For the past several weeks, I've been quietly using beta versions of Internet Explorer 9, Microsoft's next web browser. It's better than you think it is, much better in fact, and I've had to suppress laughter as a few leaks occurred, prompting charges that Microsoft was somehow copying Chrome with the new, minimalist IE 9 user interface. Not so, as it turns out. In fact, IE 9 is unique, innovative, and, in a dramatic twist, the first time where Microsoft's OS integration plans actually makes sense.
That is quite a turnaround. Looking back over the past 15 years, my biggest and longest lasting complaint against Microsoft was the artificial and disastrous way it "integrated" IE into its then-untouchable NT OS, forever tarnishing the product and setting up Windows for over a decade of easily avoidable security vulnerabilities. The lie of Windows/IE integration was laid bare during Microsoft's epic antitrust trial, but by then the damage had been done: IE was part of Windows, and would forever be tied to the OS.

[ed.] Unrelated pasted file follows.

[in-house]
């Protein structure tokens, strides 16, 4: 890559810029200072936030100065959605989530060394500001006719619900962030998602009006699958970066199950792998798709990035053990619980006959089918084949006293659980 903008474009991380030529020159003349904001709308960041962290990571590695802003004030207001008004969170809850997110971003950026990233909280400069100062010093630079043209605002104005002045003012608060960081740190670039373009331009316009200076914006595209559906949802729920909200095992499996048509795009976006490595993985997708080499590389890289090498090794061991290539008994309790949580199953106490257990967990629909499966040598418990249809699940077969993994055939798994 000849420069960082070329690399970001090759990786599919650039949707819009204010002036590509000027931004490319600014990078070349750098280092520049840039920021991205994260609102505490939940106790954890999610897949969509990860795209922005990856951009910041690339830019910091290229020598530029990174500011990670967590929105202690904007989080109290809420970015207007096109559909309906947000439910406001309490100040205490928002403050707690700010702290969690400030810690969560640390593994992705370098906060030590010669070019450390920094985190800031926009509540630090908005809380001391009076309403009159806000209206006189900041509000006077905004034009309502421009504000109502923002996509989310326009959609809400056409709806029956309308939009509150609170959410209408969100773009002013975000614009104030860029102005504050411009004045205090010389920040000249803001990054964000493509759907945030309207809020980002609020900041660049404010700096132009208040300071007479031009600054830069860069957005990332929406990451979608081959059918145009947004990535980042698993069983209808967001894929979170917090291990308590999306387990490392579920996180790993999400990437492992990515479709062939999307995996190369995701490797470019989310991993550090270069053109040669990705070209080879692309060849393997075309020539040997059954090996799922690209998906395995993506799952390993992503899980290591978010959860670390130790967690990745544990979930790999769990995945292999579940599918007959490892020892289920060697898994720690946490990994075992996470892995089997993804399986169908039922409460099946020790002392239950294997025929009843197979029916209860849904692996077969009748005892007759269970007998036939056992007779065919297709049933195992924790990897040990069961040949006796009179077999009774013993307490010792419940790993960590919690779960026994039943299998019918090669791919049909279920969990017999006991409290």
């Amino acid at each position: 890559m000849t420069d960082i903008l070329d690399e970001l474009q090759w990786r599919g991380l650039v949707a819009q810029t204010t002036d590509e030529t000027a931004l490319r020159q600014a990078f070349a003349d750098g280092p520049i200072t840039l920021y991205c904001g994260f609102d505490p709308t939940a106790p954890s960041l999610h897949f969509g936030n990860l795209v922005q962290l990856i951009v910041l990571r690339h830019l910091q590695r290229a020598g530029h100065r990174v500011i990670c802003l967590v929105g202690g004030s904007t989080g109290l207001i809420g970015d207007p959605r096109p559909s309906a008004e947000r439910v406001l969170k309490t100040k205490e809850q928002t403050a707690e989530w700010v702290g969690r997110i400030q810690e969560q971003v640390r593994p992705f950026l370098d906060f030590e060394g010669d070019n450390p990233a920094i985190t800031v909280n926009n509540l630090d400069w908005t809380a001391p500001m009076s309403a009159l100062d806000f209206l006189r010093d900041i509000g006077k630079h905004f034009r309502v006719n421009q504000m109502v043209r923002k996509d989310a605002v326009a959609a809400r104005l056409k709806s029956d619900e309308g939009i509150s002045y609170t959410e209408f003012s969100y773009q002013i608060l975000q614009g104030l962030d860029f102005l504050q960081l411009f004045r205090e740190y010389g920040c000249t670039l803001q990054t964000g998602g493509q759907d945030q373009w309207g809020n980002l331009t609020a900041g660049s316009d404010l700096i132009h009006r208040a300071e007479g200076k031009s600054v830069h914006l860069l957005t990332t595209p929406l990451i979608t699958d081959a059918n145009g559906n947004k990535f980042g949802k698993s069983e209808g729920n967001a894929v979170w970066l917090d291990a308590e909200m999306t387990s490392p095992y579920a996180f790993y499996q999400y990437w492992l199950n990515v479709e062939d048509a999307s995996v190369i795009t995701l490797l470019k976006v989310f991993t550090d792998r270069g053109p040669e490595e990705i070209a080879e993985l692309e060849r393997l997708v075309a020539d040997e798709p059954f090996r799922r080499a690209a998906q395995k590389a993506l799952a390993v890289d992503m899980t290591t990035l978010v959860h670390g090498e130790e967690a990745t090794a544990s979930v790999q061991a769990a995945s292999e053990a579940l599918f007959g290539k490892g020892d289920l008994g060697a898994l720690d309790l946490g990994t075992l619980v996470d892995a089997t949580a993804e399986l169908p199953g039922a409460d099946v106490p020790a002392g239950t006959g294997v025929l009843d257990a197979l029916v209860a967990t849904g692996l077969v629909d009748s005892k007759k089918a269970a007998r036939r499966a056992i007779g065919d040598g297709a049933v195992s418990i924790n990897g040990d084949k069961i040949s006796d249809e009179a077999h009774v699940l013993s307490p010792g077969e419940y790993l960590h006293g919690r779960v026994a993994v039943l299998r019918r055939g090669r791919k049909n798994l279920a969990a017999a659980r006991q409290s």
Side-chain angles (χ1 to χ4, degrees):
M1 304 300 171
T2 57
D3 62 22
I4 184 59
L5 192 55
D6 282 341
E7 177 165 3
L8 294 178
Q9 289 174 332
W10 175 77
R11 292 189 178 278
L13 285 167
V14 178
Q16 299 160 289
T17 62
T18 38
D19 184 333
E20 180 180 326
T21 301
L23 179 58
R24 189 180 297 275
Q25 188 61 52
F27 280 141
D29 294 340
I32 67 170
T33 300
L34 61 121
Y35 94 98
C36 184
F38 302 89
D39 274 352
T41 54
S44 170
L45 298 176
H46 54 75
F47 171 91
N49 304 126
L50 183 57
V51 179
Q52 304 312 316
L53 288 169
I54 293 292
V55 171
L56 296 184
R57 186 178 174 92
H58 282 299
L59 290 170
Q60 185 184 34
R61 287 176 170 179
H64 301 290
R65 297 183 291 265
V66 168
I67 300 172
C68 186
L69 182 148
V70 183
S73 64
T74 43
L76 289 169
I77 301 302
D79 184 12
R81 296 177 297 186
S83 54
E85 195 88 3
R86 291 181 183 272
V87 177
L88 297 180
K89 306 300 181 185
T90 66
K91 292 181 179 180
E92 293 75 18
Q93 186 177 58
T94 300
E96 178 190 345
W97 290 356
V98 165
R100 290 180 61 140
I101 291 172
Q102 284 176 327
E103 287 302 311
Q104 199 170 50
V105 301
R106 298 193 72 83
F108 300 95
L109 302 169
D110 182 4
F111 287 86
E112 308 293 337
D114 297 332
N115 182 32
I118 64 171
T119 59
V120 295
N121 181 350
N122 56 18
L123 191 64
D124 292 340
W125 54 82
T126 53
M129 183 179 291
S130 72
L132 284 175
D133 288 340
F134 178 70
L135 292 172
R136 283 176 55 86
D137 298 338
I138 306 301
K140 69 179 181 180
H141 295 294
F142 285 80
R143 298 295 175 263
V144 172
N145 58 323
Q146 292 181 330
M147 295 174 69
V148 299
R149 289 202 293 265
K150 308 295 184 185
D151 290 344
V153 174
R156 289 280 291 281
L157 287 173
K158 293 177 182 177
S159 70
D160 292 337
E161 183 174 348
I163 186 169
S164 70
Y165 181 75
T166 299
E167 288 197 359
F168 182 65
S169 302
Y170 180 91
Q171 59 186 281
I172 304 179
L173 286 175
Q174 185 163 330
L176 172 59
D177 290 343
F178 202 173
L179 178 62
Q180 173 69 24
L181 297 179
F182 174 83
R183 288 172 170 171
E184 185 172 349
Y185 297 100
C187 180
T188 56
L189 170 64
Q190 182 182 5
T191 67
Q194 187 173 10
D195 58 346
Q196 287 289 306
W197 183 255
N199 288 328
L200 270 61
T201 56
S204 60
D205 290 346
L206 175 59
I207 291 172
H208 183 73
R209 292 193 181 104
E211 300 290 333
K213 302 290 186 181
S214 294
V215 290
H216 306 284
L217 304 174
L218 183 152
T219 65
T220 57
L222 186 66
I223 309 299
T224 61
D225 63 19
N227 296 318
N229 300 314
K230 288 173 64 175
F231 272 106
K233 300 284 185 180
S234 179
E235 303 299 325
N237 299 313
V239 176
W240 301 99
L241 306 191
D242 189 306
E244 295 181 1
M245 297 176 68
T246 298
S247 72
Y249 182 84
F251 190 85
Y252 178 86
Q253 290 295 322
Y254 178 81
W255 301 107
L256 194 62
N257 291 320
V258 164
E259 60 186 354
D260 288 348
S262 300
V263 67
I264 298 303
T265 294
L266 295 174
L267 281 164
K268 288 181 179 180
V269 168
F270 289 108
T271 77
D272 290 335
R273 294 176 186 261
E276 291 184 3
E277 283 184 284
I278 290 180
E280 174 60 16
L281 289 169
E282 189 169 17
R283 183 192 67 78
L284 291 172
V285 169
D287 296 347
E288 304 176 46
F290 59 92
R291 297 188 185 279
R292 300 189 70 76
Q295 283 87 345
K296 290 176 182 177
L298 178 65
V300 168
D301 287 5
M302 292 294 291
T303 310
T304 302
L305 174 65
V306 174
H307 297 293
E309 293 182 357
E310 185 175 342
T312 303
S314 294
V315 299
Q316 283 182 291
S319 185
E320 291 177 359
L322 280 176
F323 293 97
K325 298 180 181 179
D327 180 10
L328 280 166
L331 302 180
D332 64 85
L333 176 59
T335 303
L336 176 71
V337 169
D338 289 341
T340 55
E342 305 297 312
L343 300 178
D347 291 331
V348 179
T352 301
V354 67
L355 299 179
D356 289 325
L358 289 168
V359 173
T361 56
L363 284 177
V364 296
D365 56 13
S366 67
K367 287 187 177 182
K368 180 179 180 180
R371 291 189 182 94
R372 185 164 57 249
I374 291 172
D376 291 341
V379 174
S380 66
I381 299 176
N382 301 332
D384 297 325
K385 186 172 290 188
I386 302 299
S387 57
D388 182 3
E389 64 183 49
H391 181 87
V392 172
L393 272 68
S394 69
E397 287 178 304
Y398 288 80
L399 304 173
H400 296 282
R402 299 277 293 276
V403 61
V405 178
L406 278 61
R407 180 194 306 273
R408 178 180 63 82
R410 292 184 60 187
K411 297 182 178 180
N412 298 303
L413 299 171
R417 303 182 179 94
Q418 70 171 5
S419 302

But what a difference a decade makes. Today, Microsoft still controls the market for web browsers, sure, but it's also lost about 25 percent of its usage share thanks to heightened competition first from Mozilla with Firefox and then from Google with Chrome. These browsers out-innovated Microsoft's offerings, seized usage and mind share, and embraced open web standards in a way IE never could because of the two-edged sword of legacy compatibility needs.
The result of this torrid history, amazingly, is Internet Explorer 9. Unlike its immediate predecessors, IE 9 is not about more for more's sake. Instead, IE 9 takes the same path Microsoft plowed with Windows 7 and then Windows Phone 7. It's clean, simple and fast. It gets out of the way, letting web site content take center stage. It's everything that IE has never been, then, and in addition to being the best browser that Microsoft's ever made, it may very well be the best web browser on the market, even in this early public beta version. Maybe.
Simple, clean, and wicked fast: It's the IE 9 public beta.
Regardless of its eventual ranking, IE 9 is the real deal. And if you've written off Microsoft's browser offerings, it's time to rethink that. Here's what's new in the IE 9 public beta.